As we develop resistance, our bodies increase the insulin levels to get the same end result – glucose in the cell. However, this results in ever increasing levels of insulin and so a cycle of ever increasing resistance and higher insulin secretion develops.
Insulin resistance = high insulin levels = increased body weight
But why are we eating so much carbohydrate then ?
In 1977, an American committee of the U.S senate led by George McGovern published the first Dietary Goals for the US in order to reverse the epidemic of heart disease in the country. This is when this whole charade of a “healthy” diet of Low Fats and high Carbs started. Fat had been vilified by an American scientist Ancel Keys who did an observational study in 1958 known as The Seven Countries Study. The study was to examine the association between diet and CVD (cardiovascular disease) in these different countries. So in short the study revealed that the countries where fat consumption was highest had the most heart disease, supporting the “idea” that dietary fat caused heart disease.
The problem was that Keys left out countries like Holland and Norway where they consumed a lot of fat and had very little heart disease and he also left out countries like Chile where people had a lot of heart disease, but did not consumed lots of fats. In fact he had reliable data from 22 countries and the results were all over the place. But Keys decided to look at the data that only fitted he’s theory and this was the data from the only 7 countries he used. His reward? He became the “father” of Lipid Hypothesis which claimed that eating saturated fats raises high cholesterol in your blood and high cholesterol in your blood clogs your arteries and causes heart disease. This observational study of Keys obviously gained massive media attention and had a major influence on the dietary guideline of the next few decades.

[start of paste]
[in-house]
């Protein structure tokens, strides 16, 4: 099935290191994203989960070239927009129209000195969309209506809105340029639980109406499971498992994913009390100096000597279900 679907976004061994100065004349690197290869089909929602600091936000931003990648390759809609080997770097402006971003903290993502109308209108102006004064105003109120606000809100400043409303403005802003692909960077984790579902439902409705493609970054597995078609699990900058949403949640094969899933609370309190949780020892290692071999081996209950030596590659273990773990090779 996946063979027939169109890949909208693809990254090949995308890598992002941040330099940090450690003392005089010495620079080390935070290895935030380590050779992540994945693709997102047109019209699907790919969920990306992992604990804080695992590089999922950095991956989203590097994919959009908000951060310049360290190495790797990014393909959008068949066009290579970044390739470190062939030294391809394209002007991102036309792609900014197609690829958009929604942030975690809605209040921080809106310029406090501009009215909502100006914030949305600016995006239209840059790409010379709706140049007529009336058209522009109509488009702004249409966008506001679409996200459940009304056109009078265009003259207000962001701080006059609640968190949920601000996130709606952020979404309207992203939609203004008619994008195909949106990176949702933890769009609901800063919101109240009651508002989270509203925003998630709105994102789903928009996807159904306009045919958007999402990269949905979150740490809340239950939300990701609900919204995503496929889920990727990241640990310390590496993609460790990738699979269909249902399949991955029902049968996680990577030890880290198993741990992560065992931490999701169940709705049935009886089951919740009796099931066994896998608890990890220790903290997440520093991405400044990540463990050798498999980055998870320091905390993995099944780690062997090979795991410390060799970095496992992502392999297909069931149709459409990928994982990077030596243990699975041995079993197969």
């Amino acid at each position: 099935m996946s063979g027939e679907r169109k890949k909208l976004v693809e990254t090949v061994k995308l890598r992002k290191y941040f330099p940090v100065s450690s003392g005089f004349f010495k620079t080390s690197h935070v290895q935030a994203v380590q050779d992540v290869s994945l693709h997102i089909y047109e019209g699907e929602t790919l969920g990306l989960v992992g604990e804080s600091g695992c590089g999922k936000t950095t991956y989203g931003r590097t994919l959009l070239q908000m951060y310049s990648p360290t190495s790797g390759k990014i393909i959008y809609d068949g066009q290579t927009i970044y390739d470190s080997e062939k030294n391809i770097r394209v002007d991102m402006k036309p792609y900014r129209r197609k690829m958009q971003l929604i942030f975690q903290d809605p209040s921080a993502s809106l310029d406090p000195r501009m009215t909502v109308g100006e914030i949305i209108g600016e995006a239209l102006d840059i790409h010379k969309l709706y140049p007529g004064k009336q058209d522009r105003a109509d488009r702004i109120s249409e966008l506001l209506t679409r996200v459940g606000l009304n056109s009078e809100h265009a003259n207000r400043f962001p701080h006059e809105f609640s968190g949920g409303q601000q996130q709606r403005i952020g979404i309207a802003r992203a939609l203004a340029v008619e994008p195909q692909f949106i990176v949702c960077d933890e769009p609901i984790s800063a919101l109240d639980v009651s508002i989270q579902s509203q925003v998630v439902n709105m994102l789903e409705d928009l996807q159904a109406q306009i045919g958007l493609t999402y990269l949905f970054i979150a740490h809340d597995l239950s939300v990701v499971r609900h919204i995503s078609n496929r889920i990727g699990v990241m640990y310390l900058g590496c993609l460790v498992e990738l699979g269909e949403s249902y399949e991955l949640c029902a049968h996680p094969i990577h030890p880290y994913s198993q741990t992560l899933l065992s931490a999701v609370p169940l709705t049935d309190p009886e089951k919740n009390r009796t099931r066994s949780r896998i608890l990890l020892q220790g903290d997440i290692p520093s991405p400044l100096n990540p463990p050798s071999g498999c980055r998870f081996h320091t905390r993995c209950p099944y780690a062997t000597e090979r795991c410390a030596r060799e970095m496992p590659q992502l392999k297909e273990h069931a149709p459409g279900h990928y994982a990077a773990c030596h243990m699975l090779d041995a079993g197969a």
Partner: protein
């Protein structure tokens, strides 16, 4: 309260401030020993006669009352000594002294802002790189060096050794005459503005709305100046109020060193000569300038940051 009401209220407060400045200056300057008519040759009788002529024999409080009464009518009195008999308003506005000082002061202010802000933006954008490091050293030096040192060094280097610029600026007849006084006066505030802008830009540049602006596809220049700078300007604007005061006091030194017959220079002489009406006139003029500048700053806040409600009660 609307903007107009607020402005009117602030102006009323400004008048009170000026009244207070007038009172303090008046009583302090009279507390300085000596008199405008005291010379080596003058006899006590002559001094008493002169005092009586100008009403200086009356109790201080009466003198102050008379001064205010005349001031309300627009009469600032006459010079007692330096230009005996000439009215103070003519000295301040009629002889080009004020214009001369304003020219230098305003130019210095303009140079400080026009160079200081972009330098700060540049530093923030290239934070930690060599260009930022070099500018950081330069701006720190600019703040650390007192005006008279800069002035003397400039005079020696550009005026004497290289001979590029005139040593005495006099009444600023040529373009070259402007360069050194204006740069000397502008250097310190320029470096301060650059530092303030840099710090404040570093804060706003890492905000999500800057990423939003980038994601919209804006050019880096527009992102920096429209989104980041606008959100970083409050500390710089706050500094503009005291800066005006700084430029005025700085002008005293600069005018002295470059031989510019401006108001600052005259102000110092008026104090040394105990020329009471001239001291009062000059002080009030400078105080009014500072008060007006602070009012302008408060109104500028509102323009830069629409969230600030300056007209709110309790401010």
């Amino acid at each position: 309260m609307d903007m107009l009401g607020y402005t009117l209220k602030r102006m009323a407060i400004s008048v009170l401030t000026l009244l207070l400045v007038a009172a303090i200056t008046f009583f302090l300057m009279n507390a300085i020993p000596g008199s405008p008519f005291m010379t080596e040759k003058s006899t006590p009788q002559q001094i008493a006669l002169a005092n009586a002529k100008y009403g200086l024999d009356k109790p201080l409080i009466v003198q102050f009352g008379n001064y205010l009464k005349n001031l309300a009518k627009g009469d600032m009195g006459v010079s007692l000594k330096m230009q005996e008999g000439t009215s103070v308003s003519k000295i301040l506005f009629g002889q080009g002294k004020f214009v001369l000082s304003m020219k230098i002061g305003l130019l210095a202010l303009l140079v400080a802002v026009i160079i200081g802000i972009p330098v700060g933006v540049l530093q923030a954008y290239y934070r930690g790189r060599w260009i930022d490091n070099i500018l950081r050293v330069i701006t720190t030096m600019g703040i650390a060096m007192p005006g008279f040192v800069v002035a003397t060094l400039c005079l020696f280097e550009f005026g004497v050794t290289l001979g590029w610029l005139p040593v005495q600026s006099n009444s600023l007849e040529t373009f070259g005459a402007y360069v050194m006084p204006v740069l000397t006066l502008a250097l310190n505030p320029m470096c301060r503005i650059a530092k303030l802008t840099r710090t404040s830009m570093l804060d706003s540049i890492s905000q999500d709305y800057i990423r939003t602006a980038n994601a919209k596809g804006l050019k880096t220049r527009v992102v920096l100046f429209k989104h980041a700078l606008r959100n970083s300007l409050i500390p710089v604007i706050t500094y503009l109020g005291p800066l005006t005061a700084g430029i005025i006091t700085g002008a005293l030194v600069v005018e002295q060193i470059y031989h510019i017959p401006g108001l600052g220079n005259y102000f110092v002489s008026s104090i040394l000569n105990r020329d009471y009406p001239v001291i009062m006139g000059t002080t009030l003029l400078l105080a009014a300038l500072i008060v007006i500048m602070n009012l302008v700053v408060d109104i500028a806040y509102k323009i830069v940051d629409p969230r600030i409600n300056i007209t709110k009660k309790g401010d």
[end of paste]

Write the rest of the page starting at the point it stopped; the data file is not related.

Prior to 1977 our nutritional guidelines were passed down by our mothers, not the government ! Everybody knew that sweets and starchy carbs added weight.Suddenly all the foods we previously knew would add on the pounds became acceptable, even sugar, as long as we laid off the saturated fat! And where have these dietary guidelines left us ? See the graph below – in a fat, sad ,sorry state.
Exercise it off !
Fat people are frequently accused of being lazy. The idea is that if they got off their butts and did some activity, their weight would decrease. This is yet another pervasive and unhelpful myth that has often left overweight people feeling demoralised. Looking back through human history we can see that exercise did not feature in a significant way ( if at all) Some argue that our ancestors were more active than we are. That our cars and desk jobs have contributed to our burgeoning waist lines. Herman Pontzer, a researcher and professor of Anthropology, found that the Hazda, a hunter gatherer society in Tanzania expended no more calories walking miles in a day than the average modern day desk worker.
Furthermore data shows that there has been an overall INCREASE in physical activity in the U.S adult population. As obesity has increased so too has exercising in an attempt to lose weight and yet obesity numbers continue to rise.
In the words of Dr Jason Fung “There is no measurable association between obesity and physical activity. I’m not saying exercise is not good for you. It just doesn’t work that well for weight loss
We only believe that exercise is effective for weight loss because it has been drilled into our heads since primary school. The relationship simply does not exist. Somebody thought it sounded good, but the evidence simply does not back up this relationship.”
Jason discusses the exercise myth and why exercise is not effective for weight loss in far more detail on his blog and I highly recommend you read what he has to say.
So what is the bottom line here ? Obesity is caused by high insulin levels that result from a diet high in processed carbohydrates. In order to reverse the problem we need to target the cause – which is not calories , not lack of exercise but high insulin levels and the resulting insulin resistance.